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Budget in crisis: Lowry and Healy-Rae say support is "unlikely"

The two Independent TDs who give the government its Dáil majority say their support can’t be counted on any more.

THE TWO INDEPENDENT TDS upon whom the government is reliant for its Dáil majority have said it is “unlikely” that either of them will vote in favour of the Budget – putting the government in serious danger of failing to pass the Budget in 15 days’ time.

Jackie Healy-Rae and Michael Lowry – who give the government a majority of 83-79 when they vote in its favour – told RTÉ Radio’s News at One that neither of them would make up their minds on whether to vote in favour of the Budget on December 7 until they saw the content of it.

Both, however, said it was “unlikely” – in Lowry’s case “highly” so, while Healy-Rae said it was “very unlikely” – that they would vote alongside the Government.

Their revelation came just two hours after the Green Party told Fianna Fáil that they would be seeking a general election in the second half of January, with their party pulling out of government after the IMF/EU bailout has been finalised.

Lowry told the programme that he felt the Greens’ announcement meant it was time for Fine Gael and Labour “to show their ability to lead”, saying it was “imperative… that they consult thoroughly and reach agreement with the government on the Budget’s parameters and its main measures.”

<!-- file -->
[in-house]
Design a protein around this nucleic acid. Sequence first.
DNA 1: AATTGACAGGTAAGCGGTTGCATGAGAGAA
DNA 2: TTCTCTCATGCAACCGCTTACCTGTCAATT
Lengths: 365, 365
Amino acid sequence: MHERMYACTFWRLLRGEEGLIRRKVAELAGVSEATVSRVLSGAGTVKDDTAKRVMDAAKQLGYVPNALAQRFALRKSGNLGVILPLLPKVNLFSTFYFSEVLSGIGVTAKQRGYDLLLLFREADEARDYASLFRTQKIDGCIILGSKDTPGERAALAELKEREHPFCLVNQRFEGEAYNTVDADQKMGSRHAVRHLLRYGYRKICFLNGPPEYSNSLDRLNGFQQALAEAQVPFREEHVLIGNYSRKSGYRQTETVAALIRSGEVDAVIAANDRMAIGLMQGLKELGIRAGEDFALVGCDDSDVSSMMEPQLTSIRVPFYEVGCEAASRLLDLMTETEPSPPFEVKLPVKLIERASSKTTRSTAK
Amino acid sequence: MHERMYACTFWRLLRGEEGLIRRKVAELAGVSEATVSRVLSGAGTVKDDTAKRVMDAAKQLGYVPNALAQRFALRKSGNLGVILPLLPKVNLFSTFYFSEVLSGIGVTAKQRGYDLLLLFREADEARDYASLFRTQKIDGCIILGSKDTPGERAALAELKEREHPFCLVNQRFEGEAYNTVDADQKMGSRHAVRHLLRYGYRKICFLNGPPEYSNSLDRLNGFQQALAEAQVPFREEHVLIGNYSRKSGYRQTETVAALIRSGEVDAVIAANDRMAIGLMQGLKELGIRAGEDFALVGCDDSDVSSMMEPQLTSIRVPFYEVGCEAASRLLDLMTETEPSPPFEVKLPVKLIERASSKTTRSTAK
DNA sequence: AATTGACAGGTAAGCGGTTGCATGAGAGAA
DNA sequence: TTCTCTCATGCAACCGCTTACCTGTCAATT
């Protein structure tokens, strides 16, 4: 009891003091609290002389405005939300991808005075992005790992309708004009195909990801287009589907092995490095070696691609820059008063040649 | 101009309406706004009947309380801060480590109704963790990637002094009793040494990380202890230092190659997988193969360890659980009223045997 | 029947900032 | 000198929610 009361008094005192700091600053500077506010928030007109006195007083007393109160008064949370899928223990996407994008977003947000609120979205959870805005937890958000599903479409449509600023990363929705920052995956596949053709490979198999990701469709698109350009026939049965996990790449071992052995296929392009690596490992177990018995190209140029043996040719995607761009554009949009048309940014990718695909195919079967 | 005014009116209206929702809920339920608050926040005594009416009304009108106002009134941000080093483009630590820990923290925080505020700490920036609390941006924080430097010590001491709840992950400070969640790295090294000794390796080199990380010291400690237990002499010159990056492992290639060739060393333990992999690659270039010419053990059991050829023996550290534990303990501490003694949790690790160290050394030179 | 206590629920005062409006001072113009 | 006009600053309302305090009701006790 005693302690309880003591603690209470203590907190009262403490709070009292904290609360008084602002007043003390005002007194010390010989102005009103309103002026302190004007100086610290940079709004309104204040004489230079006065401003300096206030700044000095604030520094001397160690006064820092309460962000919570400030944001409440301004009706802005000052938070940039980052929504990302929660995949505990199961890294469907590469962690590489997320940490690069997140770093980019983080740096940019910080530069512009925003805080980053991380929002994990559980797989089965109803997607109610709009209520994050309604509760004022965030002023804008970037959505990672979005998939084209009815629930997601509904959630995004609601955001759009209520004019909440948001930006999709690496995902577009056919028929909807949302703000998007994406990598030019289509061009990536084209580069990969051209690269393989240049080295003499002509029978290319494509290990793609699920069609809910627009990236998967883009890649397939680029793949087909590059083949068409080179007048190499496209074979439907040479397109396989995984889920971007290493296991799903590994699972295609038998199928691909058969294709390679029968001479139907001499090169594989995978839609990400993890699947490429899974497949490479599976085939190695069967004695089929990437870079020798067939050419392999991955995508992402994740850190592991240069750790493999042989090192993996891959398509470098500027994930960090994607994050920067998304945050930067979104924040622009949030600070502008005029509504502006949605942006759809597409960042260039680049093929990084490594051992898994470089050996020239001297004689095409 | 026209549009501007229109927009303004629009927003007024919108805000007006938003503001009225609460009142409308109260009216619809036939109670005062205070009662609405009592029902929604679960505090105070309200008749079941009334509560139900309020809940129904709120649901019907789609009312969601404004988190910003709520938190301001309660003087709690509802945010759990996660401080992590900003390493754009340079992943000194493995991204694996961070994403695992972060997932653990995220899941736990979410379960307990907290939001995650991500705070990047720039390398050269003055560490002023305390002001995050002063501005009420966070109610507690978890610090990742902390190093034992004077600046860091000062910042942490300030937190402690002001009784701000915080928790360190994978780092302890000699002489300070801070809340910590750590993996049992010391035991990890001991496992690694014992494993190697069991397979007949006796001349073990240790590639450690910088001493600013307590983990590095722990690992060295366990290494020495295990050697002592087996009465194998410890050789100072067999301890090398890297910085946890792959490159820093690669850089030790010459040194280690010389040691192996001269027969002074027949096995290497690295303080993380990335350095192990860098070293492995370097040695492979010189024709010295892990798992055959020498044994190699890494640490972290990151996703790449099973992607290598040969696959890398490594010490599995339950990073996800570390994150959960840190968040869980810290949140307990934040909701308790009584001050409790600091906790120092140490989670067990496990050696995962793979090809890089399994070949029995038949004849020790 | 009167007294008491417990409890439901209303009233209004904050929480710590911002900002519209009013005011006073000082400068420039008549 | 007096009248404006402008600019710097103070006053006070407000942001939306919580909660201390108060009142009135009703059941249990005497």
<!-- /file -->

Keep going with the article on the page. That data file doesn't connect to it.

He went on:

I am not going to allow a situation to develop where the incoming governemnt sit on their hands [...] in relation to budgetary measures.

The next decision he would have to make on supporting the now ill-fated Fianna Fáil-Green Party coalition would be “on the day that the Budget is announced”.

He confirmed, however, that “as it stands now, it is highly unlikely I will support that Budget.”

Listen to Healy-Rae and Lowry on RTÉ’s News at One >

Jackie Healy-Rae, meanwhile, confirmed an earlier statement – issued before the Green Party had made its own announcement – which read that the “time has come when I can no longer honour my word to support the Fianna Fáil government”.

Healy-Rae said he was very disappointed with how the involvement of the IMF had been managed by the government, and “what happpened in the last week.”

I’m led to believe yesterday that they [officials from the IMF and EU] were in the Merrion Hotel for a considerable length of time, and I was never told a thing about it.

While he said he had “great sympathy” for finance minister Brian Lenihan (“I know that he’s doing his very best”) he said that he would “not be supporting the government in any of that stuff that is going on”.

While Healy-Rae – who is the oldest TD in the Dáil, and is retiring at the next general election – said he would “want to be sure of what I’m doing” in relation to the matters contained in the Budget itself, he was firm in stating that “the government can no longer on my support”.

As a result, he was “not 100% certain” that he could support the Budget.

Assuming that Pearse Doherty - as is projected by the opinion polls – wins the by-election this Thursday in Donegal South-West, the government’s majority in the Dáil would be reduced to 82-80.

If Healy-Rae and Lowry were to vote along with the opposition, the government could expect to lose that Budget vote by 82 votes to 80.

About the author:

Gavan Reilly

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